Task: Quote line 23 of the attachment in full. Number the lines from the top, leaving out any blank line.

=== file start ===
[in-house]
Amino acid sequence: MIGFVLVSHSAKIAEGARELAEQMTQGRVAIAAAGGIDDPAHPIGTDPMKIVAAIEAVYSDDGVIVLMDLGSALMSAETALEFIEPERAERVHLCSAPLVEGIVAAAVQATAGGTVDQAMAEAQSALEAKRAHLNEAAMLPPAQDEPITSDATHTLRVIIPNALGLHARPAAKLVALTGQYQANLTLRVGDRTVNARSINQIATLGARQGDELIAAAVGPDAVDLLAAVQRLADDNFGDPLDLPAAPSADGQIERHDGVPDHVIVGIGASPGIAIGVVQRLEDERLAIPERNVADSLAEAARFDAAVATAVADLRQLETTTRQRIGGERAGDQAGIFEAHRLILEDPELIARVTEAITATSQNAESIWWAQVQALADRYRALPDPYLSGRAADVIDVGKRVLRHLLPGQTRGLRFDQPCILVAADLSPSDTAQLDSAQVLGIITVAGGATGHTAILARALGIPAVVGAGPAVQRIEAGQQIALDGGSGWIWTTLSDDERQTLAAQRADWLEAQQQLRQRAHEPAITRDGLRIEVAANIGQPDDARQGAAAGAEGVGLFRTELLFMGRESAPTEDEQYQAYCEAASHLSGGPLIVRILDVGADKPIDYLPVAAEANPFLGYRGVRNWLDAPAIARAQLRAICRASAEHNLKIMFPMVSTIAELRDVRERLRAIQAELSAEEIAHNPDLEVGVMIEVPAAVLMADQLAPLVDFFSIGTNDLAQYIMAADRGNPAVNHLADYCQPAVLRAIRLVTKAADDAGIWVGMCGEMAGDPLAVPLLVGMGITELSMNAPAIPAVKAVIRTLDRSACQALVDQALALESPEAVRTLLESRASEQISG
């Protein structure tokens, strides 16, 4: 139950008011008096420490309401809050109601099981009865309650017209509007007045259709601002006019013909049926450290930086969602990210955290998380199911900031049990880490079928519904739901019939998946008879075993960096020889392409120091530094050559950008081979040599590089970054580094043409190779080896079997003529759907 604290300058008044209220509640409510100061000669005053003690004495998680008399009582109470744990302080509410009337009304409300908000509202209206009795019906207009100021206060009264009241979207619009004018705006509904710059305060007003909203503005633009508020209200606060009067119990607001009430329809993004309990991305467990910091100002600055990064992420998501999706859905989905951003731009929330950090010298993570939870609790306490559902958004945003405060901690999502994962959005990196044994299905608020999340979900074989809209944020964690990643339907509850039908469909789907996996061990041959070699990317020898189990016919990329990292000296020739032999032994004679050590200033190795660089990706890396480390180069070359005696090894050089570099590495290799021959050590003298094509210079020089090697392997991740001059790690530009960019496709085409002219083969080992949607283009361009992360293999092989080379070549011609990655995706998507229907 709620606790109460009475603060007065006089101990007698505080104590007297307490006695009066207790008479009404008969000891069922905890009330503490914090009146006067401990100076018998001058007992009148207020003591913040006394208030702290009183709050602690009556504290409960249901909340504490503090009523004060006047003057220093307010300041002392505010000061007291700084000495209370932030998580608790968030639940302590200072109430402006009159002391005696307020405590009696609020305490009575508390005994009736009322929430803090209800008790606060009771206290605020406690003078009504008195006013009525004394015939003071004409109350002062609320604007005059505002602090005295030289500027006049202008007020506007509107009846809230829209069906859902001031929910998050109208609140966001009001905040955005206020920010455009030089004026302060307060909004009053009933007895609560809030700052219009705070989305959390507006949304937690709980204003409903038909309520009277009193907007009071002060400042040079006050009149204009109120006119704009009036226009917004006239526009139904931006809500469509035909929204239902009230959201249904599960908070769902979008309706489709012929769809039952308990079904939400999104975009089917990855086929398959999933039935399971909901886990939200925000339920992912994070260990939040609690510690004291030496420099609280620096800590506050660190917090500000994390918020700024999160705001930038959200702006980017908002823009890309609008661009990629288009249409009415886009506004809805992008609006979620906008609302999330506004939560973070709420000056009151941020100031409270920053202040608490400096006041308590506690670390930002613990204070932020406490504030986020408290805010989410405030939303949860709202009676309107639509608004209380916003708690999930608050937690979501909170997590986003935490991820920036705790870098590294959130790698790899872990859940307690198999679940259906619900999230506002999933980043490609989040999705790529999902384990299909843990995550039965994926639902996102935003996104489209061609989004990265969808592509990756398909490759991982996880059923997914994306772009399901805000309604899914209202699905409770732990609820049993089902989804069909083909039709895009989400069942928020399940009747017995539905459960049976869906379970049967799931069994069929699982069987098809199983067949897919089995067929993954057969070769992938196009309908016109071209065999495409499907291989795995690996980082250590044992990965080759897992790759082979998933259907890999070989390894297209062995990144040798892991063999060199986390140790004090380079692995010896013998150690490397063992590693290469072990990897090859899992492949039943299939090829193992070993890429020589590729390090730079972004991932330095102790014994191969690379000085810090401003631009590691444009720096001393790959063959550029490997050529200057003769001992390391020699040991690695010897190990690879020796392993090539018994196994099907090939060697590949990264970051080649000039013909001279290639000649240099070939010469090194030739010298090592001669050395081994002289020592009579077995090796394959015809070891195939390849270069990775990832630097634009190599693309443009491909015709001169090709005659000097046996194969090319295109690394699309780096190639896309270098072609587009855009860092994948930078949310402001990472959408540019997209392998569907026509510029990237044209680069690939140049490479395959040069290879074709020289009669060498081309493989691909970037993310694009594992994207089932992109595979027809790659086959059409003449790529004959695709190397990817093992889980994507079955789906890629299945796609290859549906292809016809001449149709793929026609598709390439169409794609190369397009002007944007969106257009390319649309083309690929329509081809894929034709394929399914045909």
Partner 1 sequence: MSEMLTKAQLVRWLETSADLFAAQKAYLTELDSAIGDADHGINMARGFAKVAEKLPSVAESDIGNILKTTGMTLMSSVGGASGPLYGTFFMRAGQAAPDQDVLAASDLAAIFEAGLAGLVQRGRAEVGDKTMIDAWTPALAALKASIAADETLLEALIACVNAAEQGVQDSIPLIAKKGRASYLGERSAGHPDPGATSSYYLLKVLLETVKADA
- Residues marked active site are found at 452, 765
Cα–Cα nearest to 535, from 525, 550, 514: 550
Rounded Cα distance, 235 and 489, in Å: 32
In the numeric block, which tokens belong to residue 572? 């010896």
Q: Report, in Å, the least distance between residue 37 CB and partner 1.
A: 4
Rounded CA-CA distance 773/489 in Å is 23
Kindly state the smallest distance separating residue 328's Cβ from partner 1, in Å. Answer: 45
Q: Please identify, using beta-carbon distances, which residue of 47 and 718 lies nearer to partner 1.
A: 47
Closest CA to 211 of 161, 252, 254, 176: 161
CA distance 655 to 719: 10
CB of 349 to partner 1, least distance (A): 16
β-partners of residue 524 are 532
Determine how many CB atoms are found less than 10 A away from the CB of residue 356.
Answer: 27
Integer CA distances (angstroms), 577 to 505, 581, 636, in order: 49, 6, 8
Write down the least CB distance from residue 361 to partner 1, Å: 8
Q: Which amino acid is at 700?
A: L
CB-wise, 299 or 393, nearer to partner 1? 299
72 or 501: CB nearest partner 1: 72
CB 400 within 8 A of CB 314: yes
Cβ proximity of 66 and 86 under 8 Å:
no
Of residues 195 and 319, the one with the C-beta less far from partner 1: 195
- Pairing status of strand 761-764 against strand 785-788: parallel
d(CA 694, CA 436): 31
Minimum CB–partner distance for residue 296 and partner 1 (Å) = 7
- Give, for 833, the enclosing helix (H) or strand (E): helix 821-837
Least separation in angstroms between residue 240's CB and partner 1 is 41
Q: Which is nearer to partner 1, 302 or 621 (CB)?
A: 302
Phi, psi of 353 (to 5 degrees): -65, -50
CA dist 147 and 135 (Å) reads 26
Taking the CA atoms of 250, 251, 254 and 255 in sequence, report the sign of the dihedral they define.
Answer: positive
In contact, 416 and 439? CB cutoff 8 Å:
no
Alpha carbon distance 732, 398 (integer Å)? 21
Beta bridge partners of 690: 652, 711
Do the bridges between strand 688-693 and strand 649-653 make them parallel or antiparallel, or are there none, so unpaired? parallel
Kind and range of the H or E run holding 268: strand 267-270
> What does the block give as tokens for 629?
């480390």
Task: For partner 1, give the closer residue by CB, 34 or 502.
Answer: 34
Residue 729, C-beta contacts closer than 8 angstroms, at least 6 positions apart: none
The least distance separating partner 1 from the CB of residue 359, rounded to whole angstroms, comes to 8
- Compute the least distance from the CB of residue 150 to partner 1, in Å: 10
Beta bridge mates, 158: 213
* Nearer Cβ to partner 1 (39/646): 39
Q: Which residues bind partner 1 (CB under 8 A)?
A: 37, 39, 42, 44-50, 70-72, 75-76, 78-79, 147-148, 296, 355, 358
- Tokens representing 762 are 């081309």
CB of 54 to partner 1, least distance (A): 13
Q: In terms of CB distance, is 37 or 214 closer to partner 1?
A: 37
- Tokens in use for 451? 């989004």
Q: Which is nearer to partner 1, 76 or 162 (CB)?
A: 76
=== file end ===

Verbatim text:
Q: Which amino acid is at 700?